Image for Homemade beauty: inside the natural skincare movement

Homemade beauty: inside the natural skincare movement

Enthusiasm for creating beauty products at home is growing. Anna Turns discovers the benefits of DIY cosmetics and meets the online school that’s putting self-care into skincare

Enthusiasm for creating beauty products at home is growing. Anna Turns discovers the benefits of DIY cosmetics and meets the online school that’s putting self-care into skincare

Angela Elliott had been running her yoga school, Aromatic Yogi, from her home in Lanarkshire when she decided she wanted to expand the brand. “I wanted to create a natural, vegan brand that uses essential oils,” she explains. “That appeals to people who want to take care of themselves and the planet.”

According to beauty industry news outlet Premium Beauty News, there is a growing trend for consumers choosing to make their own cosmetics and wellness products at home.

In 2017 she completed a diploma in natural skincare formulation with The School of Natural Skincare, and set about launching a range of scented meditation mists that her yoga students can incorporate into their practice. Like Elliott, many people who make their own beauty products, from shampoo and soap to skin creams and facial cleansers, do so to have greater knowledge of and control over the ingredients they use every day.

“Students can make up their minds and create their own bespoke products which conform to their individual values and ethos,” explains Gareth Després, an aromatherapist and co-founder of the School of Natural Skincare. “A vegan would use an alternative to beeswax, for example, whereas some people might choose organic ingredients.”

I wanted to create a natural brand that appeals to people who want to take care of themselves and the planet

Després runs the company with his wife, Gail, combining his expertise in aromatherapy and her cosmetic formulation skills. This February marks the company’s 10th anniversary; in that time it’s trained thousands of people in more than 120 countries to make their own skincare products.

Some graduates, like Elliott, study in order to then make and sell their products commercially. Others simply want to learn how to create moisturisers, shampoos, lip balms and body scrubs as gifts for friends and family, or for personal use to treat a specific skin condition.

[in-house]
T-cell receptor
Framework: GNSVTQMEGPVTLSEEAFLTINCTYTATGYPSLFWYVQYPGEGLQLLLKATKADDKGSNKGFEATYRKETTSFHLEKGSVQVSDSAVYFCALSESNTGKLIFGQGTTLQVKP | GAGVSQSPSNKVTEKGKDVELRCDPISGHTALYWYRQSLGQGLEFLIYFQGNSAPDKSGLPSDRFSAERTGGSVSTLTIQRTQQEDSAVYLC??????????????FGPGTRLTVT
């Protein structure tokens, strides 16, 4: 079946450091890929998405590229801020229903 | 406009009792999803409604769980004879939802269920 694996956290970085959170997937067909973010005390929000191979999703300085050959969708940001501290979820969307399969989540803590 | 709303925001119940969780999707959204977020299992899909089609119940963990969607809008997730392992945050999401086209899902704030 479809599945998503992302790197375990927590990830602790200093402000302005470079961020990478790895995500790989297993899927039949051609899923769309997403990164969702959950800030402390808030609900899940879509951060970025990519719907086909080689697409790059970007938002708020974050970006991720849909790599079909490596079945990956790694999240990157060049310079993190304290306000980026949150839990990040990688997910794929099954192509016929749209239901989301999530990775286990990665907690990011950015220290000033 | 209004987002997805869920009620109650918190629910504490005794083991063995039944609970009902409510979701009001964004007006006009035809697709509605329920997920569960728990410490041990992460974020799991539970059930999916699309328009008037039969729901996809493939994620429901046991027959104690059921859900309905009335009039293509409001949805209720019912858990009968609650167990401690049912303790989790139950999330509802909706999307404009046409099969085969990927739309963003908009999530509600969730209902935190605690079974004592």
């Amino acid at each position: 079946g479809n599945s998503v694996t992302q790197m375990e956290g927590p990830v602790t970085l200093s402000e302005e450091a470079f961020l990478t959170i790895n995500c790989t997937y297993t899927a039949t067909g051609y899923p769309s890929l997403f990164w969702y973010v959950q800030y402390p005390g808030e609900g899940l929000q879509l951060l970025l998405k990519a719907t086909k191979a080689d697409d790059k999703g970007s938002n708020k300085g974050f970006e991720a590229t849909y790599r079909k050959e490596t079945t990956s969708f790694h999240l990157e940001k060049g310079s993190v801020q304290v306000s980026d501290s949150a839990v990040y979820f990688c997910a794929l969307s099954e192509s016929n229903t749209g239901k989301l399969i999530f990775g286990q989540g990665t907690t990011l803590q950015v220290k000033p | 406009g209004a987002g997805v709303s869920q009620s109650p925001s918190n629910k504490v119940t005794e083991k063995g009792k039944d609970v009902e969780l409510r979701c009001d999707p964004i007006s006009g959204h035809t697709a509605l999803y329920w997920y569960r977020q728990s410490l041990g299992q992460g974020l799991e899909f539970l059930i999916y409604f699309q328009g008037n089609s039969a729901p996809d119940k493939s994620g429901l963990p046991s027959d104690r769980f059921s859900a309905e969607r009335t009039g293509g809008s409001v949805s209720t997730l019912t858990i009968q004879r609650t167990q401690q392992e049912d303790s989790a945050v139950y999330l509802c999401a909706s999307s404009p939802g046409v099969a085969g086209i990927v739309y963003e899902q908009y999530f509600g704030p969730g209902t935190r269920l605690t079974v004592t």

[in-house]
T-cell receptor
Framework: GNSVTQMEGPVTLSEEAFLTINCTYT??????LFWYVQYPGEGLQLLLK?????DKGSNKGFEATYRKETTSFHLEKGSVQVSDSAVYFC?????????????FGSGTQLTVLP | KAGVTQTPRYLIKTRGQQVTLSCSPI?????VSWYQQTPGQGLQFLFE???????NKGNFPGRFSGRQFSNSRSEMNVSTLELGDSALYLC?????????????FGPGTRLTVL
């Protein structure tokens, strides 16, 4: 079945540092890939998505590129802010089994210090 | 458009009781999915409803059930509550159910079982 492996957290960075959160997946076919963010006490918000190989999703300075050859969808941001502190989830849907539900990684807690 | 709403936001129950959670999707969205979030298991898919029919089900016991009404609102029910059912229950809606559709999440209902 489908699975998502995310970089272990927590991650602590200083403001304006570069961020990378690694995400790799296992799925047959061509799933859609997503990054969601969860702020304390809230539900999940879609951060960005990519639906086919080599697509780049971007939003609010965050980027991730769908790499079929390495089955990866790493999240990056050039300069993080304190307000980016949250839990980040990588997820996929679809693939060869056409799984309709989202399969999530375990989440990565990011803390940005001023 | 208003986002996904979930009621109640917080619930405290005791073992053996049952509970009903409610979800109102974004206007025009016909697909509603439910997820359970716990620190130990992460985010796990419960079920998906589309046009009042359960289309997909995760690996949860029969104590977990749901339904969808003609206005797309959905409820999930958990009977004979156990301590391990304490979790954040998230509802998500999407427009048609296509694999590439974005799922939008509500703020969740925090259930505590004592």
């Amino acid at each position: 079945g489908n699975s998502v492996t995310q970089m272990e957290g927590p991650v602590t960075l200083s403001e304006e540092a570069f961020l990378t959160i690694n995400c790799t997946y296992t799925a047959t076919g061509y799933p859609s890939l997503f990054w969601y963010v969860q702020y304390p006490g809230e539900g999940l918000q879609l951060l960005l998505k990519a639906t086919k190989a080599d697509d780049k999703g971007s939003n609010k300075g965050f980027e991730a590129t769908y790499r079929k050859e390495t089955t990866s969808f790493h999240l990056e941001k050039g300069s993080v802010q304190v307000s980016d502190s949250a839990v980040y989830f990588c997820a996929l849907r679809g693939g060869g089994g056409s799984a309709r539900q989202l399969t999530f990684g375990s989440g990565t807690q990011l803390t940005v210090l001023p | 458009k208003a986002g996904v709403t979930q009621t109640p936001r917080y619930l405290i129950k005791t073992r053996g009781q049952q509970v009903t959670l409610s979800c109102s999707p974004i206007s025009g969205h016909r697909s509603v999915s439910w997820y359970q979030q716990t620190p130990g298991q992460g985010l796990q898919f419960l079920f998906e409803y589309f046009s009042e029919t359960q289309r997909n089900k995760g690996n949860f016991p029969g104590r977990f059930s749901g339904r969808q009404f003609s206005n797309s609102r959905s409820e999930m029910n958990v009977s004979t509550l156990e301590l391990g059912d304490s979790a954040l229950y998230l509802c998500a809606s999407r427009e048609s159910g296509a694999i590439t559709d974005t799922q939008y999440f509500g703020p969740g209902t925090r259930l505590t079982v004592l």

“Our online courses enable people to make their own products that are safe, stable and effective, and can be adapted to their own skin type,” says Després. “It’s about deliberately selecting the right ingredients that are suitable for certain skin types, and which can help alleviate symptoms associated with specific conditions such as eczema or psoriasis, irritation or inflammation, or cracked and chapped skin.”

Skincare, naturally

The ‘natural’ label covers everything from organic ingredients to vegan and cruelty-free beauty, as well as sustainable cosmetics. Courses range from a beginners’ certificate in making natural beauty products to the more in-depth diploma natural skincare formulation, as well as the more advanced high-performance serum formulation. There are also plans to add more later this year.

For Elliott, creating something vegan that also incorporated aromatherapy elements was a logical addition to her business. “Essential oils are a lovely way to anchor yourself therapeutically,” she explains. “By using them within your yoga practice and beyond, that connection helps your mind go back to how you felt while practising yoga.” This year, Elliott plans to add cleansing balms, lip balms, bath melts and foot soaks to her range. Using her own products, she claims, has had a positive impact on her skin – “and mentally I feel better for having sourced everything locally and making it myself”.

A selection of Angela Elliott’s aromatherapy products

“More people now are questioning what they’re putting on their skin in the same way that they’re questioning the food that they’re putting into their bodies,” says Després. “People are becoming more environmentally aware too, so it all fits together.”

Another factor of DIY skincare, which helps people to “live their values” as Després puts it, is the ability to limit waste. According to campaign group Zero Waste Week, 120 billion units of packaging are produced each year by the global cosmetic industry. Making skincare products at home is an easy way for environmentally minded consumers to avoid adding to the problem. The School of Natural Skincare is preparing to launch a course designed for those who want to cut out packaging this year.

More people are questioning what they’re putting on their skin in the same way they question the foods they eat

Elliott also says that making her own products has reduced the volume of cosmetics she might otherwise waste when her skin’s needs change, and saved her money, too. “I can mix and match between my own handmade products and if I feel my skin might need something different as the seasons shift, I can easily blend a small amount of exactly what suits me,” she says.

Ultimately, her new-found education from the School of Natural Skincare has opened her eyes to the often confusing labelling of products in this industry. “I’ve always avoided heavy make-up, synthetic smells and anything tested on animals, but this course has empowered me to understand exactly what I’m looking at on the shelves. I can understand the jargon now. It’s a great knowledge to have.”

Photography by Jo Hanley

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